3. I want to post this to keep this tread alive and hope more of David's former clients might come forward. In my case, this coward of a man represented me from June 2014 for a couple of months before I fired him. I knew something was wrong when he blatantly lied about what he had advised me in my contentious and unfortunate divorce trial. His impact on the proceedings cast a very long shadow and continues to impact me after a lengthy 19 month divorce. I would join a class action suit.

  4. The dispute in LB Indiana regarding lake front property rights is typical of most beach communities along our Great Lakes. Simply put, communication to non owners when visiting the lakefront would be beneficial. The Great Lakes are designated navigational waters (including shorelines). The high-water mark signifies the area one is able to navigate. This means you can walk, run, skip, etc. along the shores. You can't however loiter, camp, sunbath in front of someones property. Informational signs may be helpful to owners and visitors. Our Great Lakes are a treasure that should be enjoyed by all. PS We should all be concerned that the Long Beach, Indiana community is on septic systems.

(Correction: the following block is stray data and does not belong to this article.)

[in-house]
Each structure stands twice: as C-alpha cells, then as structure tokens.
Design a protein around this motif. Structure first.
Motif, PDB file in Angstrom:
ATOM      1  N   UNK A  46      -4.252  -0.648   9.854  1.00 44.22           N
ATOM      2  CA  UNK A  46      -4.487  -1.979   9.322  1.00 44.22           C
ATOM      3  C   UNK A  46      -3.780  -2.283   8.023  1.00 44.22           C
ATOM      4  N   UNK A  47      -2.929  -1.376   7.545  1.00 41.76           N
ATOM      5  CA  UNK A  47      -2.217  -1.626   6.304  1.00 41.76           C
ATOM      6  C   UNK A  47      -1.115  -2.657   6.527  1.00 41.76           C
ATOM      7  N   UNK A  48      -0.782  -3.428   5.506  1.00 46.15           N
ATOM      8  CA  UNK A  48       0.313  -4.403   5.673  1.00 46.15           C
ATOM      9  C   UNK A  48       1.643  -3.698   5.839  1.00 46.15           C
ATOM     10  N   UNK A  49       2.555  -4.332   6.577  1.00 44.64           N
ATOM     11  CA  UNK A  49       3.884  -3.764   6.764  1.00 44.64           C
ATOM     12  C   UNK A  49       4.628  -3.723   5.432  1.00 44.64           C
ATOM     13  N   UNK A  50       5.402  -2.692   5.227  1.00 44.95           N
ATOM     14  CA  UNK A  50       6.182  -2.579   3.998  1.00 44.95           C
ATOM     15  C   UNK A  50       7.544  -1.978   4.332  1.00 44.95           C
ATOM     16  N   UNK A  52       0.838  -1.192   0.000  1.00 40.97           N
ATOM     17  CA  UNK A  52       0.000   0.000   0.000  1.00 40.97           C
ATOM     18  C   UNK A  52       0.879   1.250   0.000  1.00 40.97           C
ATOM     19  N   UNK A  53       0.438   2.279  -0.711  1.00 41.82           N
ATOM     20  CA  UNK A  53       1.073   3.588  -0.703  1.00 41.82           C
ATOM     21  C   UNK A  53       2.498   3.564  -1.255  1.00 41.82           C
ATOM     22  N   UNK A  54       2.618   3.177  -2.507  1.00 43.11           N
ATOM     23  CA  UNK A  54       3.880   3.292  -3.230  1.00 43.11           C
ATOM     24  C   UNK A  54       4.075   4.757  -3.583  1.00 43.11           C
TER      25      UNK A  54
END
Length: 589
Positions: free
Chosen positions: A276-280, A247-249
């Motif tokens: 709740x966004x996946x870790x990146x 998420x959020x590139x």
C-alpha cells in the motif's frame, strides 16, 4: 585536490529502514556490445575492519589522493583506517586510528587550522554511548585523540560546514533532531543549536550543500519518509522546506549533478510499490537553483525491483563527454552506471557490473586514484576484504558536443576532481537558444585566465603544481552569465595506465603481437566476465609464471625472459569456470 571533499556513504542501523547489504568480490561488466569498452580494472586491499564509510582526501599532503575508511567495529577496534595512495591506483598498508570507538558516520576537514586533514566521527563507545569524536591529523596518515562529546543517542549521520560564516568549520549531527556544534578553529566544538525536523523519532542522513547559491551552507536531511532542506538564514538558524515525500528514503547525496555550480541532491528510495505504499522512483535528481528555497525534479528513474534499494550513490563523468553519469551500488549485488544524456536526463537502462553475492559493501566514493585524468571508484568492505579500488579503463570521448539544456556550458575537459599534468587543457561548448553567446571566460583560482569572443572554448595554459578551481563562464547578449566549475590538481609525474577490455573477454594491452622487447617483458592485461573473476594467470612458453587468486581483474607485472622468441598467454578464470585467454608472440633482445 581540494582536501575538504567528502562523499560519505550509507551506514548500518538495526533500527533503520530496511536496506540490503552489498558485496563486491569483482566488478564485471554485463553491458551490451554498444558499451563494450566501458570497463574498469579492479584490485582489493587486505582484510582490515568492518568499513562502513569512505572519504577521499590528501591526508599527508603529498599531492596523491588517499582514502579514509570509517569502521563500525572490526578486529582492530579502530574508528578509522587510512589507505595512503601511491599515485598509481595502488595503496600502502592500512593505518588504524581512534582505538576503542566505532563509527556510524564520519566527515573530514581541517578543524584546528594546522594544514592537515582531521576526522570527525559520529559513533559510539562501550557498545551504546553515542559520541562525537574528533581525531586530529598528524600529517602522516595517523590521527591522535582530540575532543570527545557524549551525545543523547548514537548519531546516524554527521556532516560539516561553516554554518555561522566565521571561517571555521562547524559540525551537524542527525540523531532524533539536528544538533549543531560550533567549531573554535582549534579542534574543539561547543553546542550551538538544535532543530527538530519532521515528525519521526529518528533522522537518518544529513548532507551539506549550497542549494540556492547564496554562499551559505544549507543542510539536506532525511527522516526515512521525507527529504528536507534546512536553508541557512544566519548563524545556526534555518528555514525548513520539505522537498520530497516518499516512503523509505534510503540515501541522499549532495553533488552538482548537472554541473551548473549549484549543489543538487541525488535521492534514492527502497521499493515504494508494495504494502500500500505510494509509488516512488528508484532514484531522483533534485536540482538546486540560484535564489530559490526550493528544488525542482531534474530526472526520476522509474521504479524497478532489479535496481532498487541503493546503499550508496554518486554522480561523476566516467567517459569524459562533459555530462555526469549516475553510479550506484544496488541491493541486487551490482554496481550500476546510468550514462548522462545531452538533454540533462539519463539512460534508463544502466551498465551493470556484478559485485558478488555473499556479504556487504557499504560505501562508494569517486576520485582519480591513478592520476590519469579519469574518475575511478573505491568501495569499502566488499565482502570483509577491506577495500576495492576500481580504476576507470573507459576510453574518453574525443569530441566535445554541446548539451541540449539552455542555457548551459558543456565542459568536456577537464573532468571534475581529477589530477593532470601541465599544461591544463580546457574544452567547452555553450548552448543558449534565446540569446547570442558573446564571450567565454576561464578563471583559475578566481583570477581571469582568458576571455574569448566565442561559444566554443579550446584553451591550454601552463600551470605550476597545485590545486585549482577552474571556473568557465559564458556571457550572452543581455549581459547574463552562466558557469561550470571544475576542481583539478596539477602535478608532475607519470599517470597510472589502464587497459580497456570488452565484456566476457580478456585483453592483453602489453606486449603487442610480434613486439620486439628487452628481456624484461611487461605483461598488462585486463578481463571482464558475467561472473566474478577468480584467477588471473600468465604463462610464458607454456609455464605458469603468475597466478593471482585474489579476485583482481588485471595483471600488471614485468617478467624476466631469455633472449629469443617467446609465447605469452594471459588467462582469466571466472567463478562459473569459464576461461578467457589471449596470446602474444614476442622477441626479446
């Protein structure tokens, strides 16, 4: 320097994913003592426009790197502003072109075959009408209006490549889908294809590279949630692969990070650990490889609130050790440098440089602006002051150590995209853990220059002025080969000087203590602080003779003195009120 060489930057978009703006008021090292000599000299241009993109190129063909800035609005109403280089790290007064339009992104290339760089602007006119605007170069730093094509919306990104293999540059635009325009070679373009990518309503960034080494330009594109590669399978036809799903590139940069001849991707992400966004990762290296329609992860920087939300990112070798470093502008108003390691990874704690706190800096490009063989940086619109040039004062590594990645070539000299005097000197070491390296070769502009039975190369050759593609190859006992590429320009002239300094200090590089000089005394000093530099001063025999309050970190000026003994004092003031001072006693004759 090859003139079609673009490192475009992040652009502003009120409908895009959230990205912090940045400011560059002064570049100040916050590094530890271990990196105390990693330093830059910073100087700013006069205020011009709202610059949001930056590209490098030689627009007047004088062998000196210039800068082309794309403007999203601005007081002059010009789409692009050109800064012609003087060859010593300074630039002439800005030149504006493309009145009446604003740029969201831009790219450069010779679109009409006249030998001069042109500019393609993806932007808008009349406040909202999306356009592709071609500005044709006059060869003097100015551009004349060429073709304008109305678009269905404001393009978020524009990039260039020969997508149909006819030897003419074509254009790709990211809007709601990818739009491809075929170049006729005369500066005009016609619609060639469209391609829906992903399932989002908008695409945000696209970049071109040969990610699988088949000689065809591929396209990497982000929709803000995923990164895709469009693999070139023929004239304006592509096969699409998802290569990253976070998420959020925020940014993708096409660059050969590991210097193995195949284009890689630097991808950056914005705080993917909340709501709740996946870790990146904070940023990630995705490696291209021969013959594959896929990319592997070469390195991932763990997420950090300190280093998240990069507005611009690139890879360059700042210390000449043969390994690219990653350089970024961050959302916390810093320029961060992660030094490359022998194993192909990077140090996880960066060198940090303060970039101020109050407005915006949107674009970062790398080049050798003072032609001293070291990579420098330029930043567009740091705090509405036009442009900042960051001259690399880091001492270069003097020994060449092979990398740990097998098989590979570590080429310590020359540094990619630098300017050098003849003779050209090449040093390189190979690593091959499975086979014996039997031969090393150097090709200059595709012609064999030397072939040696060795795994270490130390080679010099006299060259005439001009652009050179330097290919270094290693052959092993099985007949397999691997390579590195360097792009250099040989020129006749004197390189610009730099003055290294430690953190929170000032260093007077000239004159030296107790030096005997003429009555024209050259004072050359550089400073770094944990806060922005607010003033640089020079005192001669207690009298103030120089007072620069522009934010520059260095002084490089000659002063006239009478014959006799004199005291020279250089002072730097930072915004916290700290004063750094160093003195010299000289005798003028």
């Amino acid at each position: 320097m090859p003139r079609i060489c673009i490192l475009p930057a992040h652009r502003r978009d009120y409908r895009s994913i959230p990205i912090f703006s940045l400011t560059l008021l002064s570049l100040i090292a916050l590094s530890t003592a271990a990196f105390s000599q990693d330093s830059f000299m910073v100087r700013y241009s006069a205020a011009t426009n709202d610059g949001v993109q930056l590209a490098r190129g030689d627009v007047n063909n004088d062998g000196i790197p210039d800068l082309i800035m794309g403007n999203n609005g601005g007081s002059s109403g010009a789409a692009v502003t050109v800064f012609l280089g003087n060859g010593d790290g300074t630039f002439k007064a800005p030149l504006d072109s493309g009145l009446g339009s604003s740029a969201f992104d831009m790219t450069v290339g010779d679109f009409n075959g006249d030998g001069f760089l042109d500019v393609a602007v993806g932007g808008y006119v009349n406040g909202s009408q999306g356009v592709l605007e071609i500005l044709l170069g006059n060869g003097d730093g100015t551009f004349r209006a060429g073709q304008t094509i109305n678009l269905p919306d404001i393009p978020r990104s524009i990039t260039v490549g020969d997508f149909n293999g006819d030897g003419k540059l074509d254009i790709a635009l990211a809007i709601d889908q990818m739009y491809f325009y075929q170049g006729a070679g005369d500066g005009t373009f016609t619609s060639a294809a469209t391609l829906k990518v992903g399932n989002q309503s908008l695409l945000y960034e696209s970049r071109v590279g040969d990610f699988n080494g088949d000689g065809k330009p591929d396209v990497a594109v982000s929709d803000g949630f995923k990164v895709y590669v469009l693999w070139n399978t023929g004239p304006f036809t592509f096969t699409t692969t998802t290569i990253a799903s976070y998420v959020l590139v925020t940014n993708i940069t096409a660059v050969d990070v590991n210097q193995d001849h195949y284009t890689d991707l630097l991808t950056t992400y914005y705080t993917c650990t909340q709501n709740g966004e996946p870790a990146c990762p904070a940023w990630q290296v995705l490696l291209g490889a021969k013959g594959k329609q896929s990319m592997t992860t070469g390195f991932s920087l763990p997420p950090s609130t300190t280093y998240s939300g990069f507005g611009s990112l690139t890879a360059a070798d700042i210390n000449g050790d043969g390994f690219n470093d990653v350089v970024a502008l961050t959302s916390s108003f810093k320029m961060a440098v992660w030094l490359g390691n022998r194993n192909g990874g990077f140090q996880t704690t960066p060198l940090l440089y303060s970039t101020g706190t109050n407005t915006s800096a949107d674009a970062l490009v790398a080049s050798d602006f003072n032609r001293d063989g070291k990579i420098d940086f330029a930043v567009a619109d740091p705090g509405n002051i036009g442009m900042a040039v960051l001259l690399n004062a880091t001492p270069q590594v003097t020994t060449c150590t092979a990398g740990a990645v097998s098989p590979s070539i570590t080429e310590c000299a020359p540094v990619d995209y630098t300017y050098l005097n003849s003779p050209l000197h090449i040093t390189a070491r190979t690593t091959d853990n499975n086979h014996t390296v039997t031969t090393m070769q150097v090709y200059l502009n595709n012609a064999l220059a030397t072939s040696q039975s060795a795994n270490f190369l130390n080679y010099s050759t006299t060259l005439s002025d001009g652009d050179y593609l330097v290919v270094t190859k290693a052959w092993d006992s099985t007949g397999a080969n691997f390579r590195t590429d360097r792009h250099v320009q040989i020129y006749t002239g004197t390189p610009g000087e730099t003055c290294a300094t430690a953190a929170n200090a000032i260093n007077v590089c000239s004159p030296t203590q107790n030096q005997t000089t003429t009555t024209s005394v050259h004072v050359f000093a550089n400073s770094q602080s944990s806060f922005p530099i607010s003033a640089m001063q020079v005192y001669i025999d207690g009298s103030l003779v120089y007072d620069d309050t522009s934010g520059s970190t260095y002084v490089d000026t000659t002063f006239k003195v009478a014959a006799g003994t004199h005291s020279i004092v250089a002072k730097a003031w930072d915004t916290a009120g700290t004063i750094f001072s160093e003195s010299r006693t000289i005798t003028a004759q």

5. Dear Fan, let me help you correct the title to your post. "ACLU is [Left] most of the time" will render it accurate. Just google it if you doubt that I am, err, "right" about this: "By the mid-1930s, Roger Nash Baldwin had carved out a well-established reputation as America’s foremost civil libertarian. He was, at the same time, one of the nation’s leading figures in left-of-center circles. Founder and long time director of the American Civil Liberties Union, Baldwin was a firm Popular Fronter who believed that forces on the left side of the political spectrum should unite to ward off the threat posed by right-wing aggressors and to advance progressive causes. Baldwin’s expansive civil liberties perspective, coupled with his determined belief in the need for sweeping socioeconomic change, sometimes resulted in contradictory and controversial pronouncements. That made him something of a lightning rod for those who painted the ACLU with a red brush." http://www.harvardsquarelibrary.org/biographies/roger-baldwin-2/ "[George Soros underwrites the ACLU' which It supports open borders, has rushed to the defense of suspected terrorists and their abettors, and appointed former New Left terrorist Bernardine Dohrn to its Advisory Board." http://www.discoverthenetworks.org/viewSubCategory.asp?id=1237 "The creation of non-profit law firms ushered in an era of progressive public interest firms modeled after already established like the National Association for the Advancement of Colored People ("NAACP") and the American Civil Liberties Union ("ACLU") to advance progressive causes from the environmental protection to consumer advocacy." https://en.wikipedia.org/wiki/Cause_lawyering